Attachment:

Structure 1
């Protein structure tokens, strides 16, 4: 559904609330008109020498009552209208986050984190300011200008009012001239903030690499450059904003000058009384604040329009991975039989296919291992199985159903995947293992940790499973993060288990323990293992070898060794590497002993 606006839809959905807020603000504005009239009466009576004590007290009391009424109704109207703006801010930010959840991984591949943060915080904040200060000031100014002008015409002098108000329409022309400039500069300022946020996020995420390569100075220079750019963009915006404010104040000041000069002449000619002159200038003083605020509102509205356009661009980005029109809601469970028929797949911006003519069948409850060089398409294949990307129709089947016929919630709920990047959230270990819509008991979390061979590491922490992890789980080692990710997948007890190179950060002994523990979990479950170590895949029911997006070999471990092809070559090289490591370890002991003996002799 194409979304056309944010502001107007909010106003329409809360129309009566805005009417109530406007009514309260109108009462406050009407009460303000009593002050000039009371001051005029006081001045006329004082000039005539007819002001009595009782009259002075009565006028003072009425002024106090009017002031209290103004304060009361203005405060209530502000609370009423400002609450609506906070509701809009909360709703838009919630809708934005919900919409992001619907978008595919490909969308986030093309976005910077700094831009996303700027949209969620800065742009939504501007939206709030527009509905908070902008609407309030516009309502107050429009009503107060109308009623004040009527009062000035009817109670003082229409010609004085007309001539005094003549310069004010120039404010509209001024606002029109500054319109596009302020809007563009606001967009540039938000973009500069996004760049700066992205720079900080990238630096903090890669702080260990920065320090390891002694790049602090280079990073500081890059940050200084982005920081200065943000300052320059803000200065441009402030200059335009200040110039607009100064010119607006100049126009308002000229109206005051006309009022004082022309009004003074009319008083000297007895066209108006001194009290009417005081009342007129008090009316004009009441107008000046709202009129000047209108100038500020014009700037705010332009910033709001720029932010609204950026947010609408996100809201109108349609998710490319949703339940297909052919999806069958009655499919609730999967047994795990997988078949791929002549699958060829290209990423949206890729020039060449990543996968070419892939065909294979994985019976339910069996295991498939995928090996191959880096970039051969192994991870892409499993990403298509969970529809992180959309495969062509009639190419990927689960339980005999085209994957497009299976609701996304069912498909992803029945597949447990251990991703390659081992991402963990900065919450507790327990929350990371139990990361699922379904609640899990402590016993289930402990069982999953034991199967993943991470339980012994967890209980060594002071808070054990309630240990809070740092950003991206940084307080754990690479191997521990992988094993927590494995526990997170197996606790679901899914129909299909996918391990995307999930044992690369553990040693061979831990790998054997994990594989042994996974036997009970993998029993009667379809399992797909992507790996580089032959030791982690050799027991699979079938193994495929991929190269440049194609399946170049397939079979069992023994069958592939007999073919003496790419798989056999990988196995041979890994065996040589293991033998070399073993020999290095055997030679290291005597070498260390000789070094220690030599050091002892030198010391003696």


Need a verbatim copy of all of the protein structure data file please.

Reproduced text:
Structure 1
């Protein structure tokens, strides 16, 4: 559904609330008109020498009552209208986050984190300011200008009012001239903030690499450059904003000058009384604040329009991975039989296919291992199985159903995947293992940790499973993060288990323990293992070898060794590497002993 606006839809959905807020603000504005009239009466009576004590007290009391009424109704109207703006801010930010959840991984591949943060915080904040200060000031100014002008015409002098108000329409022309400039500069300022946020996020995420390569100075220079750019963009915006404010104040000041000069002449000619002159200038003083605020509102509205356009661009980005029109809601469970028929797949911006003519069948409850060089398409294949990307129709089947016929919630709920990047959230270990819509008991979390061979590491922490992890789980080692990710997948007890190179950060002994523990979990479950170590895949029911997006070999471990092809070559090289490591370890002991003996002799 194409979304056309944010502001107007909010106003329409809360129309009566805005009417109530406007009514309260109108009462406050009407009460303000009593002050000039009371001051005029006081001045006329004082000039005539007819002001009595009782009259002075009565006028003072009425002024106090009017002031209290103004304060009361203005405060209530502000609370009423400002609450609506906070509701809009909360709703838009919630809708934005919900919409992001619907978008595919490909969308986030093309976005910077700094831009996303700027949209969620800065742009939504501007939206709030527009509905908070902008609407309030516009309502107050429009009503107060109308009623004040009527009062000035009817109670003082229409010609004085007309001539005094003549310069004010120039404010509209001024606002029109500054319109596009302020809007563009606001967009540039938000973009500069996004760049700066992205720079900080990238630096903090890669702080260990920065320090390891002694790049602090280079990073500081890059940050200084982005920081200065943000300052320059803000200065441009402030200059335009200040110039607009100064010119607006100049126009308002000229109206005051006309009022004082022309009004003074009319008083000297007895066209108006001194009290009417005081009342007129008090009316004009009441107008000046709202009129000047209108100038500020014009700037705010332009910033709001720029932010609204950026947010609408996100809201109108349609998710490319949703339940297909052919999806069958009655499919609730999967047994795990997988078949791929002549699958060829290209990423949206890729020039060449990543996968070419892939065909294979994985019976339910069996295991498939995928090996191959880096970039051969192994991870892409499993990403298509969970529809992180959309495969062509009639190419990927689960339980005999085209994957497009299976609701996304069912498909992803029945597949447990251990991703390659081992991402963990900065919450507790327990929350990371139990990361699922379904609640899990402590016993289930402990069982999953034991199967993943991470339980012994967890209980060594002071808070054990309630240990809070740092950003991206940084307080754990690479191997521990992988094993927590494995526990997170197996606790679901899914129909299909996918391990995307999930044992690369553990040693061979831990790998054997994990594989042994996974036997009970993998029993009667379809399992797909992507790996580089032959030791982690050799027991699979079938193994495929991929190269440049194609399946170049397939079979069992023994069958592939007999073919003496790419798989056999990988196995041979890994065996040589293991033998070399073993020999290095055997030679290291005597070498260390000789070094220690030599050091002892030198010391003696």